- Sep 2015
There is a mathematical object called the surreal numbers. They're a little obscure in the sense that mainstream math doesn't use them much as far as I know. But they're a very interesting curiosity.
Note however that while the surreals do contain the usual ordinals and cardinals, the ordinals and cardinals of set theory come with certain operations which are not the same in surreal number theory. For example, in ordinals and cardinals we have $1 + \omega =\omega$. But in surreal numbers this is no longer true since we demand it to be an ordered field.There is a mathematical object called the surreal numbers. They're a little obscure in the sense that mainstream math doesn't use them much as far as I know. But they're a very interesting curiosity.
They allow all the arithmetic operations, addition, subtraction, multiplication, and division (except by 0), but they include infinite and infinitesimal numbers. We would call them a field, but a field is defined as being a set; and the surreal numbers are too big to be a set. They're a proper class. So they're called a Field, with a capital-F to denote the fact that they are a proper class that satisfies the field axioms.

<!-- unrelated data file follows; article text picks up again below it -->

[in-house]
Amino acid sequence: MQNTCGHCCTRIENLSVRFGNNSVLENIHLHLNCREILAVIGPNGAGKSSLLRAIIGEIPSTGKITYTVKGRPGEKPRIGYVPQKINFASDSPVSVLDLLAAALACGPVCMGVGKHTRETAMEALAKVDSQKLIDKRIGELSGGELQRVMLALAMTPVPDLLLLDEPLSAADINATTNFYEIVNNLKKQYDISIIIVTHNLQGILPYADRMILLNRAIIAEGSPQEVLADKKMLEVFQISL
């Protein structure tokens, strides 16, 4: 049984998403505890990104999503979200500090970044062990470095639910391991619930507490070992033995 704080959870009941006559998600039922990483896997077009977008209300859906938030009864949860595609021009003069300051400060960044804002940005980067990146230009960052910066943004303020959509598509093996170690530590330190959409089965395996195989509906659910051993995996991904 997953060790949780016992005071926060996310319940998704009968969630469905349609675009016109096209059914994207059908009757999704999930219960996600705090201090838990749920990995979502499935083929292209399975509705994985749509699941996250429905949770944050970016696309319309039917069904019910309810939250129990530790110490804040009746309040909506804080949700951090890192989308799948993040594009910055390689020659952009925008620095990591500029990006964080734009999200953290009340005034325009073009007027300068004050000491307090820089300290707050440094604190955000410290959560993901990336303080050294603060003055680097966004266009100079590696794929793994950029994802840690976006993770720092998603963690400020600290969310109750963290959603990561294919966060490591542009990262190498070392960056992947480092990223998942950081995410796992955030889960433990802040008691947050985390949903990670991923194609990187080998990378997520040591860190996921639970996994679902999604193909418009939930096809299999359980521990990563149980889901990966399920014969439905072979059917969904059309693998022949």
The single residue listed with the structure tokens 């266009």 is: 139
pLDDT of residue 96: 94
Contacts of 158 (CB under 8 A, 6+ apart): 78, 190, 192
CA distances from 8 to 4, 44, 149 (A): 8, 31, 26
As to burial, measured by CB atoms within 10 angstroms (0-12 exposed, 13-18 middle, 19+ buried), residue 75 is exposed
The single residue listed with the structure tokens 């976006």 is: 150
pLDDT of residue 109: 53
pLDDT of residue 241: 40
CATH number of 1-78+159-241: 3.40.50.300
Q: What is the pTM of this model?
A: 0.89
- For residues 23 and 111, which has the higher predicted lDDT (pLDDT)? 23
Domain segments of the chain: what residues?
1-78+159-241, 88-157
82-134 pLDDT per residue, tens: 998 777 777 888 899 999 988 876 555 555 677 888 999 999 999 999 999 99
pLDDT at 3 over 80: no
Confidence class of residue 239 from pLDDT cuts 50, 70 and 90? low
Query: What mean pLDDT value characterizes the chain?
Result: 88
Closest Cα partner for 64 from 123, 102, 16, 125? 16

I wish I knew more about them, in particular whether they include the usual transfinite numbers of set theory or some other kinds of infinite numbers (as in the hyperreals).
The surreals are the absolute largest class of things that can be called numbers, that satisfy the axioms for an ordered field. I think that's even a theorem if I recall. They're provably the largest mathematical object satisfying the ordered field axioms.
You know that division by any real number is defined.Please allow me to restate my question:
Is there a greatest (or least) number which may act as a divisor?